Although most models on the in-plane mechanical properties of Z-reinforced composites report close agreement between prediction and experimental results, correlation between simplified and experimentally determined disruptions such as fiber volume fraction and fiber deviation are often missing. Change in local fiber volume fraction was generally either omitted or simplified by assuming a uniformly enhanced fiber compaction across the unit cell, although several studies on Z-reinforced composites have reported significant variations in fiber volume fraction in the presence of the Z reinforcement [16] which can affect the prediction of both elastic constants and initiation of damage.

The tufting process

Tufting is a breakthrough technique with a variation in the stitching technique. It consists of inserting just one needle, taking the thread through the thickness of the reinforcing layered preform, and returning it via the same route, leaving the fibre behind within the structure thanks to the existing friction between the fabrics and the thread [17-19]. This technique stitches the preform without any knots amongst the threads, thus preventing those problems on the surface layers caused by stitching and the ensuing degradation of its mechanical properties.

The presence of external ribbons or loops is typical of this process and makes it easily recognizable (Figure 1).This methodology can be regarded as a technical improvement on low-stress stitching technique. Despite these advantages, those textile preforms made by applying this technique demand higher precautions when manipulated, as the thread’s loose-end can be easily pulled out, particularly from its ends [20].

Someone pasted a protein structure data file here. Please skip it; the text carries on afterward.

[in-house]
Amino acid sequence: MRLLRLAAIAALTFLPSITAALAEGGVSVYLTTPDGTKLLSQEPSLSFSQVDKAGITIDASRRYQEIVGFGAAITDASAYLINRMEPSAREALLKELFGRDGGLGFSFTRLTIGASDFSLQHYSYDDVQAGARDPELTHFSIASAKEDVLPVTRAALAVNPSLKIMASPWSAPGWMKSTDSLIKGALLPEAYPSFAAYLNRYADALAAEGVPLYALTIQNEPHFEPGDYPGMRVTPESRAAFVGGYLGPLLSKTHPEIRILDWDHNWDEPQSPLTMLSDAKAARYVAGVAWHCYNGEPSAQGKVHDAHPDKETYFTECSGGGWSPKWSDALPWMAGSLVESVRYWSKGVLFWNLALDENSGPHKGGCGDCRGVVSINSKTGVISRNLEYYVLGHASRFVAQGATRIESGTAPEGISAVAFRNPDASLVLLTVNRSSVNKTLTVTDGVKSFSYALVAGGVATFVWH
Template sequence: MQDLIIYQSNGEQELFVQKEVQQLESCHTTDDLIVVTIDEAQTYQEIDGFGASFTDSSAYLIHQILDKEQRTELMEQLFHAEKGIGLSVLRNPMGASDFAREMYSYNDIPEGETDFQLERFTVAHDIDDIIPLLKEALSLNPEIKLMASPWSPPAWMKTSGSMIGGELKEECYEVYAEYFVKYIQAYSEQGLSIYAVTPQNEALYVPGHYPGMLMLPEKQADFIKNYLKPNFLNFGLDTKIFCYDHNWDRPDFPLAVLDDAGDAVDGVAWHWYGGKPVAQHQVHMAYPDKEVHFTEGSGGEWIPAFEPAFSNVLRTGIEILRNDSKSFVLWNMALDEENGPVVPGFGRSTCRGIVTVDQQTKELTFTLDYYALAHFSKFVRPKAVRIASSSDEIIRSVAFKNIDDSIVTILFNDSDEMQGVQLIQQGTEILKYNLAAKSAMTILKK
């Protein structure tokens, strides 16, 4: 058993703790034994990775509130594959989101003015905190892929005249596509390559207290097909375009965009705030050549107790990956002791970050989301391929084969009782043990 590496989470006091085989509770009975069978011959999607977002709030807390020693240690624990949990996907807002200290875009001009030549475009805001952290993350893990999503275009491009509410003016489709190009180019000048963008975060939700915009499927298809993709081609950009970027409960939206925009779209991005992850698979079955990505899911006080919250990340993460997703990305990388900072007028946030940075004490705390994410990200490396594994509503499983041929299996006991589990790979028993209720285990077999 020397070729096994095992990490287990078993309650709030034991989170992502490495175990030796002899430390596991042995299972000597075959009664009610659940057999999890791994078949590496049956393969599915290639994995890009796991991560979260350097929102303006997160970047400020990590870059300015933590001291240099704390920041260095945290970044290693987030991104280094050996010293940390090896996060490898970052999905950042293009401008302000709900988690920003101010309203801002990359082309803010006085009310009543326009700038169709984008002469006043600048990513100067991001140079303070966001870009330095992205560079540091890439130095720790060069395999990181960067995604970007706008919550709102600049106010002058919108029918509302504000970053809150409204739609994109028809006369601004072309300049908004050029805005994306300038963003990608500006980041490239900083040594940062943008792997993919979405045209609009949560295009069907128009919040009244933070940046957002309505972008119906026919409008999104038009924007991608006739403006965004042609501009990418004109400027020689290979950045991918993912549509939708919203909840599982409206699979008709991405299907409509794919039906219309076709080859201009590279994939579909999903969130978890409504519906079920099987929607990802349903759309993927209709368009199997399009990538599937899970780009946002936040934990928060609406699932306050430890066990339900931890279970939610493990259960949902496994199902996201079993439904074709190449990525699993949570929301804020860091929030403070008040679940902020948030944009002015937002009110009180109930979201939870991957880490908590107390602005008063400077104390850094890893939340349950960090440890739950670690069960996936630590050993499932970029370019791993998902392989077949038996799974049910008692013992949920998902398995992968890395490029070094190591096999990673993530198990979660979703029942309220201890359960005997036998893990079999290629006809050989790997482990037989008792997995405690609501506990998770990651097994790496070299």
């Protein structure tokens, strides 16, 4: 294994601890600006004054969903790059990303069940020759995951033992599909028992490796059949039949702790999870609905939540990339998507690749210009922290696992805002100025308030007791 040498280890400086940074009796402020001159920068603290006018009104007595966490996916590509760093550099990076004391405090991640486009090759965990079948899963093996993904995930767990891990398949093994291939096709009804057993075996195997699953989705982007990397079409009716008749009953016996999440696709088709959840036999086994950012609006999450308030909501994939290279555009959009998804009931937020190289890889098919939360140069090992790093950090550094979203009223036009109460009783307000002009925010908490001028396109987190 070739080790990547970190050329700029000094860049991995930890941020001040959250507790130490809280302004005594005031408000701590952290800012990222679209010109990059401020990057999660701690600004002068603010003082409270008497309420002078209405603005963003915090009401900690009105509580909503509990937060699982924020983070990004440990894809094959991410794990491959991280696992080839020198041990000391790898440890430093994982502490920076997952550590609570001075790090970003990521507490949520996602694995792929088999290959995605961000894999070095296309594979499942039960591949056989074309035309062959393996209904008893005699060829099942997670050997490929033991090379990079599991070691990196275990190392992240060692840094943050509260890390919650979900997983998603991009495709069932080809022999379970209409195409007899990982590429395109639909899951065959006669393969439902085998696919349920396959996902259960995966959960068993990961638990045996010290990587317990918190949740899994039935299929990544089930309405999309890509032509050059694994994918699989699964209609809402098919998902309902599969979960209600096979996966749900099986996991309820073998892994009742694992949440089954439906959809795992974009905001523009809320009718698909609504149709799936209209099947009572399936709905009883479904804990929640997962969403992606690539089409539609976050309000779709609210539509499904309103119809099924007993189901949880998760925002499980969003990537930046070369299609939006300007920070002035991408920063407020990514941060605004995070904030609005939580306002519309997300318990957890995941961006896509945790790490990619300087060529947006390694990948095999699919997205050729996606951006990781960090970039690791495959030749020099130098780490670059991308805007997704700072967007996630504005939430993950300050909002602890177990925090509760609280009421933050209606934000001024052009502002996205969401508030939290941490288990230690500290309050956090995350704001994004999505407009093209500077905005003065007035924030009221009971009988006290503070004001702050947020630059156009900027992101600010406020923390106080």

As for the effect of tufting on laminate properties, authors such as Colin de Verdiere [21] compared laminate behaviour and performance under traction, compression, shear and delamination in mode I and II, against non-stitched laminates. Tufting reduces the modulus and strength in the laminate plane under tensile loads, owing to misalignment and damage from the needle. This influence is even more remarkable under compression efforts. As for resistance to delamination, a significant increase could be observed when tufting was used Dell’Anno [22] studied tufting influence on a fibre carbon laminate subjected to Compression

After Impact (CAI). An approximate 26% increase in resistance to compression after impact was obtained. Likewise, in that study, an analytical model for prediction on stitched laminates was developed. Other studies, such as the one by Smith [23] on fracture resistance, demonstrate that resistance to fracture in mode I (GIC) and mode II (GIIC) shows a significant improvement, with a 100% improvement for mode I and a 50% improvement for mode II when compared to UD preimpregnated composites performance.